Film Theory: Masterpieces; Master of Cinematic Vision/Thought

Film Theory: Masterpieces; Master of Cinematic Vision/Thought

“A science which hesitates to forget its founders is lost”–Alfred North Whitehead

“It appears to me that if one wants to make progress in mathematics (or cinema), one should study the masters and not the pupils (Niels Abel).

“What you have inherited from your fathers, acquire it in order to possess it.”

How to epitomize complex ideas and images, without trivializing them, while cutting deep below the surface to their basic and essential assumptions

Exposition of classical cinematic thought that’s critical in tone, comprehensive in scope, and conscientious in attention to detail.

A book that describes thoroughly the essentials of a wide range of classic and modern cinema.

To shed light on the master of cinema, past and present.

History of ideas and images that derive and are made by real-living individuals and minds

They are shaped, bound, and conditioned by the constraints and stimulations of time, place, history, society and culture.

To link the work of each filmmaker to his life-history in both its social and psychological aspects.

The ebb and flow of filmmakers’ careers.

Distinctive audiences and reference groups

Relating films to the distinctive contexts of their respective biography, history, and social structure.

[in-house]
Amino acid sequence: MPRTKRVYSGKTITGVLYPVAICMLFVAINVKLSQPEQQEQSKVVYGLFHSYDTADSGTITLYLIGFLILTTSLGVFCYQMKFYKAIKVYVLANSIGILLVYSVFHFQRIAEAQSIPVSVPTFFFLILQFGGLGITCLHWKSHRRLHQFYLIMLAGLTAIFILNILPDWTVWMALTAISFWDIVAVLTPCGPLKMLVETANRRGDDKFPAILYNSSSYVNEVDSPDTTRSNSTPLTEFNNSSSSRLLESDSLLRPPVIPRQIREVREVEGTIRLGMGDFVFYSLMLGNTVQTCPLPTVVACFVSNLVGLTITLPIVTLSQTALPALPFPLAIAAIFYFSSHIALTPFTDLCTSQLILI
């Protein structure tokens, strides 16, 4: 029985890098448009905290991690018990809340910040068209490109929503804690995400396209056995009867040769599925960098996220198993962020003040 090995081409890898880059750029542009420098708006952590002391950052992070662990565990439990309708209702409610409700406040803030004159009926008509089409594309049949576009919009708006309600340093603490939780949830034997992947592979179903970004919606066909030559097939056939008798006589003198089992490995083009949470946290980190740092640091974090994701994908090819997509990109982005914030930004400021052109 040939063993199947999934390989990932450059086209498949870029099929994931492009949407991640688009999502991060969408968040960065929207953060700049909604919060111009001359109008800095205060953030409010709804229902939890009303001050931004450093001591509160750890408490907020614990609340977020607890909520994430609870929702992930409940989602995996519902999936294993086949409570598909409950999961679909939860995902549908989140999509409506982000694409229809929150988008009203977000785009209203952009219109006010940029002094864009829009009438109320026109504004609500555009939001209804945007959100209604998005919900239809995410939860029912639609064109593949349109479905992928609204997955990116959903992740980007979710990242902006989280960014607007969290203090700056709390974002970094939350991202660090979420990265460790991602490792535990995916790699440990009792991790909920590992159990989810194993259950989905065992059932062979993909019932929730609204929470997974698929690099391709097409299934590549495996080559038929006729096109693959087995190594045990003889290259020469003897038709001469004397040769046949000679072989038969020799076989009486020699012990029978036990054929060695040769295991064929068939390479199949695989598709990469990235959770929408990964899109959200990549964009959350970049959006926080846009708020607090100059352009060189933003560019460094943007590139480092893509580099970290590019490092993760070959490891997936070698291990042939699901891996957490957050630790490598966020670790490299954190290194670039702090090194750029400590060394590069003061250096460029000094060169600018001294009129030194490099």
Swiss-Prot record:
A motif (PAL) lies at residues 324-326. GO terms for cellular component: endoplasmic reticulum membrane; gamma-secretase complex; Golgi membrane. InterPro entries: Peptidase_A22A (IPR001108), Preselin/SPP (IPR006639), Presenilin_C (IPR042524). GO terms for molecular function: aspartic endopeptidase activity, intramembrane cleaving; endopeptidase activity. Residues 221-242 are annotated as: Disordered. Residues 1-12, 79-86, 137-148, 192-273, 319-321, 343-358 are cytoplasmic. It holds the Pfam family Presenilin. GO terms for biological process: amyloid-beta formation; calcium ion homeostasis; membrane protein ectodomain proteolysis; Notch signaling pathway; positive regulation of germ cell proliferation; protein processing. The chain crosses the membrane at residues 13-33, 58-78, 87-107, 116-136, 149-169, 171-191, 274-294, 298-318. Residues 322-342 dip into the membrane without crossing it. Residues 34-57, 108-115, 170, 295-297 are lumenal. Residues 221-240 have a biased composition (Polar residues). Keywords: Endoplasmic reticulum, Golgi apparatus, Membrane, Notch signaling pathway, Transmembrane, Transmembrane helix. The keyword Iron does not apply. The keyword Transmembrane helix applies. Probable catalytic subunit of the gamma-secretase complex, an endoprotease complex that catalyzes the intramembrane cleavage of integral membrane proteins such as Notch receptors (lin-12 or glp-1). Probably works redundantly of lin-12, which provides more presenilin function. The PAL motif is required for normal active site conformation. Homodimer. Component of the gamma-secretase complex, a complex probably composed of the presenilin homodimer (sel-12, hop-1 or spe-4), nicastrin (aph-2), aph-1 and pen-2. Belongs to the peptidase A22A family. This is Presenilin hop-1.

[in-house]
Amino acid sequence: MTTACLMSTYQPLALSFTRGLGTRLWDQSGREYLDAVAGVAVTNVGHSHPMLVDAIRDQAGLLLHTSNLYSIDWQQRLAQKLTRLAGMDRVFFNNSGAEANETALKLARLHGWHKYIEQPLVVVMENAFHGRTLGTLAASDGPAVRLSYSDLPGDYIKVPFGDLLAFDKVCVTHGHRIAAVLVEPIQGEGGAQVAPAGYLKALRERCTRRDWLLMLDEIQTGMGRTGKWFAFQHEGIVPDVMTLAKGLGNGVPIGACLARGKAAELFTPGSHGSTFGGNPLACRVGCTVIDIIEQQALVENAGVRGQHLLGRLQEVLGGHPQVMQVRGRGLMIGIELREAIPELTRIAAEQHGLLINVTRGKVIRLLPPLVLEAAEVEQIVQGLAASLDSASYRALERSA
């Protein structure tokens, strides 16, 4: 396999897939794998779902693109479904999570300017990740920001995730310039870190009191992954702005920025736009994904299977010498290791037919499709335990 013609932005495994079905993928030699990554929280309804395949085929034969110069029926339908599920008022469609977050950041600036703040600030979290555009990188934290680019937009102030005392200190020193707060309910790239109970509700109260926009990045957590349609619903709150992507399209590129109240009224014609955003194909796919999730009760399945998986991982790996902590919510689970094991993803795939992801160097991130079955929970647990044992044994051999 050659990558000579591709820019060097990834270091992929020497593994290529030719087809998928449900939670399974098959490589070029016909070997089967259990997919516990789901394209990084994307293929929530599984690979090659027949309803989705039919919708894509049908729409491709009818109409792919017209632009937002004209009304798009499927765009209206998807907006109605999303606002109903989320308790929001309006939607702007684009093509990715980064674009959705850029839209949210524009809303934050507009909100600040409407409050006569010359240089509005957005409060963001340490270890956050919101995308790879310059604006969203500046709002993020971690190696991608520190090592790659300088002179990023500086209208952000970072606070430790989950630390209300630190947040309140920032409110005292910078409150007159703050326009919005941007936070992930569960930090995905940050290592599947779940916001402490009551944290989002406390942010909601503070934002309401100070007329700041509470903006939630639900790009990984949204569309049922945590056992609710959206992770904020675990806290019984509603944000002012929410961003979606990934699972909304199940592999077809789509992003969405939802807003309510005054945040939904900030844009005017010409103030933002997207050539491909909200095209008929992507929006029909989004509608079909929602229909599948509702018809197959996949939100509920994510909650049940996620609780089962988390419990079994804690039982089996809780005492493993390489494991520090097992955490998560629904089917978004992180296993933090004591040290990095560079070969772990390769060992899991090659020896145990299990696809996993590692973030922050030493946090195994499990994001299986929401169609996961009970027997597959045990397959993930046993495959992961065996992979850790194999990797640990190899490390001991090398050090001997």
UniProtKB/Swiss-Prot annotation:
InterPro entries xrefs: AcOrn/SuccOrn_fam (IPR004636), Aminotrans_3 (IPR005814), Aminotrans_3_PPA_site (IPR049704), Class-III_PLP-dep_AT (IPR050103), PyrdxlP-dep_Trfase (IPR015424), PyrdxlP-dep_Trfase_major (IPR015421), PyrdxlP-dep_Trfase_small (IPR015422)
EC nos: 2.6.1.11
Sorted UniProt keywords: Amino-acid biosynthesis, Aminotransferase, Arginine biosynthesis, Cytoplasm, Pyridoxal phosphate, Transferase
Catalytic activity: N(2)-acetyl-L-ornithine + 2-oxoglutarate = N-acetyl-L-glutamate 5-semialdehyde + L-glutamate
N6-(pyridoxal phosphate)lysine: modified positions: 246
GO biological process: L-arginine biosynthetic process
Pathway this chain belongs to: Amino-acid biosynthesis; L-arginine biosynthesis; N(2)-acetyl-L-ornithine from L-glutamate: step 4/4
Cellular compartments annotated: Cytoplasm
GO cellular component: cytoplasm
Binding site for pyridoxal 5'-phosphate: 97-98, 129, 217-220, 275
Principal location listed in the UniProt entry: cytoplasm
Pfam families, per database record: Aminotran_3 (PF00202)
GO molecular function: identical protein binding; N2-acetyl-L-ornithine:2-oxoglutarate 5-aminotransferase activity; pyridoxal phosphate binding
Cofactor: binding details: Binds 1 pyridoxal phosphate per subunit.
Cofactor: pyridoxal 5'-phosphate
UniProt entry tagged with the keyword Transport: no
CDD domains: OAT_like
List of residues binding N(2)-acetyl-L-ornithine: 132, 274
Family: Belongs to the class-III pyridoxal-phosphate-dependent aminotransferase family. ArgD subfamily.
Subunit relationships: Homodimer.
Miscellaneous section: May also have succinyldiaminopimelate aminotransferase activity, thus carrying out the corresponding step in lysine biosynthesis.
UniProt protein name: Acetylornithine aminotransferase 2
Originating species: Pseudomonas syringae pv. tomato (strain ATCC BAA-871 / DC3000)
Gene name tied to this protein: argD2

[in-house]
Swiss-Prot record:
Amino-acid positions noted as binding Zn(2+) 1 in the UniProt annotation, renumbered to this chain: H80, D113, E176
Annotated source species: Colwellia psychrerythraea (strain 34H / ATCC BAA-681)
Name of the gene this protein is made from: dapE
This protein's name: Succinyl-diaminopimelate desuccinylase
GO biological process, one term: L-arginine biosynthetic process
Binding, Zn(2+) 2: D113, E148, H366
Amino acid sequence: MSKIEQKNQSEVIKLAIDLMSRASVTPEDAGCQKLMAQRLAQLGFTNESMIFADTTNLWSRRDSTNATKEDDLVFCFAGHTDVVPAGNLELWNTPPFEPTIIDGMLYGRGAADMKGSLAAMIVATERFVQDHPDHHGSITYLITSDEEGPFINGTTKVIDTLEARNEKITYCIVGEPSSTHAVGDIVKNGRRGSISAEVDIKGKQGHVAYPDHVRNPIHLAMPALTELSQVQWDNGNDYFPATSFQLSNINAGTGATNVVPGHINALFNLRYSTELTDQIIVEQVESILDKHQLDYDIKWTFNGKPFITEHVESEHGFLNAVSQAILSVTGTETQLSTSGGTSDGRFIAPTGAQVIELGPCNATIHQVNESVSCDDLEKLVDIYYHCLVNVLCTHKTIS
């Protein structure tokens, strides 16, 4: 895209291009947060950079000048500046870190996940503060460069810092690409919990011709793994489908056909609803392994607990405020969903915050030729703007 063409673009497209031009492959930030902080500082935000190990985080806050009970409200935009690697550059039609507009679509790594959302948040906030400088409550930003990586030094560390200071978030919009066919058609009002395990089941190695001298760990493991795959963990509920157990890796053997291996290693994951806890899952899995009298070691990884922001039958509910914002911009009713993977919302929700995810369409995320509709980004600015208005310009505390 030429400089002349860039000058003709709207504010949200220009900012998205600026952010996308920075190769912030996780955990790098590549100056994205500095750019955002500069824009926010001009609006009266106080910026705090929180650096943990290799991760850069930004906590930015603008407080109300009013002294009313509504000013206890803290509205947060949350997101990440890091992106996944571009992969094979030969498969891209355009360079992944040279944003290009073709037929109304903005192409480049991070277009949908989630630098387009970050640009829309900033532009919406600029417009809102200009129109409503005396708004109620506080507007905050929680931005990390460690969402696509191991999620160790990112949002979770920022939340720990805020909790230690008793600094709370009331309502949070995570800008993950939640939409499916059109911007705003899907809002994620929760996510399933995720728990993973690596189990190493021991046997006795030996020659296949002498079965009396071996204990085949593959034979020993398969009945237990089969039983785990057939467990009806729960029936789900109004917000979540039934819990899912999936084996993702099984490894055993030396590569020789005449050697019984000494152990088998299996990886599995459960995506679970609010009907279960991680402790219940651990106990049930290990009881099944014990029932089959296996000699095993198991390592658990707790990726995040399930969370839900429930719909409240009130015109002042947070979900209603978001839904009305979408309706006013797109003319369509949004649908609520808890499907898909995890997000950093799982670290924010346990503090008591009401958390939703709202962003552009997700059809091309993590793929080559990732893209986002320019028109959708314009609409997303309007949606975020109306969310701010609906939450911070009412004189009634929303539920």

How to broaden and deepen our understandings of their films, while alerting to their tacit assumptions and value commitments.


Masterpiece and Genre

Directors who make several masterpieces in the same genre.

Douglas Sirk

Directors who make diverse masterpieces in various genres, like Kubrick, Woody Alle, Scorsese


L’Avventura was ahead of its time in theme too–spiritual erosion

originally shown at Cannes to hostile critics, who shouted cut, cut, cut at the screen

The shots were so lengthy, the pacing so slow that viewers assumed that director Antonioni was inept.

The Gospel According to St. Matthews:

A masterpiece of Christian cinema–mysterious, poetic, emotionally powerful

It blends mythology with documentary

Eclectic techniques that combine nonprofessional cast with varied musical score (Giannetti).

The Incredible Shrinking Man (1957), Jack Arnold’s sci fi masterpiece, finest sci fi of 1950s

Baxter: “a fantasy that for intelligence and sophistication has few equals.”